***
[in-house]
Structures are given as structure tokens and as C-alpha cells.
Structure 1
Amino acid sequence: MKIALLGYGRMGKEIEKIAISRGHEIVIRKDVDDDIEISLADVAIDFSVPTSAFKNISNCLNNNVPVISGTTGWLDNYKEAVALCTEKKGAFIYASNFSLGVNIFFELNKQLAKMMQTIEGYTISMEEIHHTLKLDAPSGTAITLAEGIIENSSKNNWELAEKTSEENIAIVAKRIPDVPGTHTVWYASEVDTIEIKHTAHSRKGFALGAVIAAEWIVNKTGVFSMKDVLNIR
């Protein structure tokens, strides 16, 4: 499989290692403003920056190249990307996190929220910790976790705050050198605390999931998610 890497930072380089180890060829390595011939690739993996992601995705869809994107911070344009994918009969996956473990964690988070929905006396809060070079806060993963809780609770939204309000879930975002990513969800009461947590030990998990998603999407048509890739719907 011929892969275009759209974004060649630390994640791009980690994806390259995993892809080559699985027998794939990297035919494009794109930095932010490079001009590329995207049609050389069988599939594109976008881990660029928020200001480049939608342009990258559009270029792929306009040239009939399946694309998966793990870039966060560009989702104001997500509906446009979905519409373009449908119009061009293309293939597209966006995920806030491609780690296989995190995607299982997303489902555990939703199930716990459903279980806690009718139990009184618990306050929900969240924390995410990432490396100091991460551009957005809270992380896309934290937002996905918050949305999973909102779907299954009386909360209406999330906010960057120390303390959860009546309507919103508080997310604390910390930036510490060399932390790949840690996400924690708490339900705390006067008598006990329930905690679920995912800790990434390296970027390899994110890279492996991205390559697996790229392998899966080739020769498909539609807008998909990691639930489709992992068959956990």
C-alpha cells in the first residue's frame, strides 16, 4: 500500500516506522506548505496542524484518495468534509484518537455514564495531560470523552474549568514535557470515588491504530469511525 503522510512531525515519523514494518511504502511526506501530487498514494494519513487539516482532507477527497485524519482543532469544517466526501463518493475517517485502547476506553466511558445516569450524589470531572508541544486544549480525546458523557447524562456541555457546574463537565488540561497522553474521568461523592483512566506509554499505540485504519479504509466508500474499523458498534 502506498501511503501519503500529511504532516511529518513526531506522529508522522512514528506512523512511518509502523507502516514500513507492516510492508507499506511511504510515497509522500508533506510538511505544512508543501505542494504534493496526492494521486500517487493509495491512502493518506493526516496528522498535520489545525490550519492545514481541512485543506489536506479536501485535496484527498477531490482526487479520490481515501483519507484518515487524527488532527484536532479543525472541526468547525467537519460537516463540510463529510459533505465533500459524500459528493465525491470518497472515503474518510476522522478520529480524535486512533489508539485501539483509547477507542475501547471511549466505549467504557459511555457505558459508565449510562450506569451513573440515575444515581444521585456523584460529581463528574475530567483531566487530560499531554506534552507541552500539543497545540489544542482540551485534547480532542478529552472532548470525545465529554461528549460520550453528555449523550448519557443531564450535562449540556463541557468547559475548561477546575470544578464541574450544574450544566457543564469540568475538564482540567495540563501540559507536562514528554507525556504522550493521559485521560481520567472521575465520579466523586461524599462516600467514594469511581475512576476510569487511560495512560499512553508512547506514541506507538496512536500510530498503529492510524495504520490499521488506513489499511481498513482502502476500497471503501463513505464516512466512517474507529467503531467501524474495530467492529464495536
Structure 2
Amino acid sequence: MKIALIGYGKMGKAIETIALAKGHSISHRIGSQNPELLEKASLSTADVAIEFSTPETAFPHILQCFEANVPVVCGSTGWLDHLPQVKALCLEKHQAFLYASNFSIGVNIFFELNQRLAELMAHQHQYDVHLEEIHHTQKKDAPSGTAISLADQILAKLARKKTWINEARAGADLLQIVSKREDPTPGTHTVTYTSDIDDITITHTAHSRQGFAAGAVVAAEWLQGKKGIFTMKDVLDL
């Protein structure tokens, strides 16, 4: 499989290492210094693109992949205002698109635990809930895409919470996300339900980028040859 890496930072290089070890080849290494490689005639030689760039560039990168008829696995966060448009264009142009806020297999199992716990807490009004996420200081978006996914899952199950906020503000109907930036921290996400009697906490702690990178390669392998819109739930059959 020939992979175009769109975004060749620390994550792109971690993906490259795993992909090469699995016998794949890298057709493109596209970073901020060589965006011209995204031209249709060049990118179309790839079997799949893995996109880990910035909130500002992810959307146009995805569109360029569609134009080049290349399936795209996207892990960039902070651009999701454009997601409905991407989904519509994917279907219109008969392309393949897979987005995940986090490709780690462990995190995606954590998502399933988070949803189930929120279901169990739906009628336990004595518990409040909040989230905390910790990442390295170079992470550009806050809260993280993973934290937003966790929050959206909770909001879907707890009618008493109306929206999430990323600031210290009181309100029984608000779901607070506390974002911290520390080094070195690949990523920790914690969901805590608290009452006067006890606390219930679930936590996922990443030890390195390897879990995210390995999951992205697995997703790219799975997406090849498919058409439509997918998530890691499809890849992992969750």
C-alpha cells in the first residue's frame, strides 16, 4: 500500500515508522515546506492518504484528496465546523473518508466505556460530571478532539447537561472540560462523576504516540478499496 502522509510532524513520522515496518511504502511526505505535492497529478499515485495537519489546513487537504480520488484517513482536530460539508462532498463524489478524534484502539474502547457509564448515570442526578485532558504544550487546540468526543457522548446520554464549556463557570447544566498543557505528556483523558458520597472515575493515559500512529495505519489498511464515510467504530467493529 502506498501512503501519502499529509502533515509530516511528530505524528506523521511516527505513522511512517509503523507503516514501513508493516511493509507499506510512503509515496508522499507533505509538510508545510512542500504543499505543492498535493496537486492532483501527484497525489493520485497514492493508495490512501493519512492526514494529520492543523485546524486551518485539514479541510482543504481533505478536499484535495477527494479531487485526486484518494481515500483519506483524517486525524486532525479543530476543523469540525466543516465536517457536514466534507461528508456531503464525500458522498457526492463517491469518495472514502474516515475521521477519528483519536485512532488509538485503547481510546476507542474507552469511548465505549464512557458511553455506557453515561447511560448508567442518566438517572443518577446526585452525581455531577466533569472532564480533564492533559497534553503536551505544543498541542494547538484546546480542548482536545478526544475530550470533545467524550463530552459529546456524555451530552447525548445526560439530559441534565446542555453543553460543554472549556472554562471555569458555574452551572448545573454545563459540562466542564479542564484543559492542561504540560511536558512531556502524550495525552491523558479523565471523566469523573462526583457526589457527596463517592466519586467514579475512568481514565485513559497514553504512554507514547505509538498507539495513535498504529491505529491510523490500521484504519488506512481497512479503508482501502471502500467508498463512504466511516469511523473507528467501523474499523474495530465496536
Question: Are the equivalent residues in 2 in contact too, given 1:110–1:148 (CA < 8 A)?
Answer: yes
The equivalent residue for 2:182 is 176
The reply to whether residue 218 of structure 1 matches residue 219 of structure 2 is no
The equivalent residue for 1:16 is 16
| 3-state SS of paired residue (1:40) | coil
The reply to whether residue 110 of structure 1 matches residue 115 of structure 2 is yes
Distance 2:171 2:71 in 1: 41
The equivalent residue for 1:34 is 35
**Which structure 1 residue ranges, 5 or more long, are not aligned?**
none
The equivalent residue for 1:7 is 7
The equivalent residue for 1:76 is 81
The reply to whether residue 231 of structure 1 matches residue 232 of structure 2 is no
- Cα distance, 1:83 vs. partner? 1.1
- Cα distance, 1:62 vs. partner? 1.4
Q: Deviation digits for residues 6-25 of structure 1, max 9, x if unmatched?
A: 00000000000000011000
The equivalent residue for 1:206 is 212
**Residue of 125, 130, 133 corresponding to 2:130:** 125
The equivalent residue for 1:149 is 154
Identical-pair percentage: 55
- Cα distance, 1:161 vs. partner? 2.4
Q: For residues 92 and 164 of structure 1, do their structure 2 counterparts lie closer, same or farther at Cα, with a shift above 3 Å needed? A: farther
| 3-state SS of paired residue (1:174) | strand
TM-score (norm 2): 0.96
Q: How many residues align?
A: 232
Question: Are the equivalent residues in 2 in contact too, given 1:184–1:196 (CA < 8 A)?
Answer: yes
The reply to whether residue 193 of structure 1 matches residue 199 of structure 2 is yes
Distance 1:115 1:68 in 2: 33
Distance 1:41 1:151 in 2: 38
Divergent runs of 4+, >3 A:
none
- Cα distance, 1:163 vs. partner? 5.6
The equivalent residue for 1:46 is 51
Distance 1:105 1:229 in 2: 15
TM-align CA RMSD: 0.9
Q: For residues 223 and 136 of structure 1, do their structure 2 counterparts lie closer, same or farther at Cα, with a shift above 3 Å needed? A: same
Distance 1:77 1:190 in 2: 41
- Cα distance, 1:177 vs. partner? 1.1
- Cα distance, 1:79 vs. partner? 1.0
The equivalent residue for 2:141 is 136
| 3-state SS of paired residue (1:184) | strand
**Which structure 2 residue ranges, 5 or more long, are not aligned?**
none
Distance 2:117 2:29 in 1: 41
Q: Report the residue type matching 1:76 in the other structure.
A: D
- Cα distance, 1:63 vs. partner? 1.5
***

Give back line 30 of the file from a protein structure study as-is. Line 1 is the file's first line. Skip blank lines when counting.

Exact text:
**Residue of 125, 130, 133 corresponding to 2:130:** 125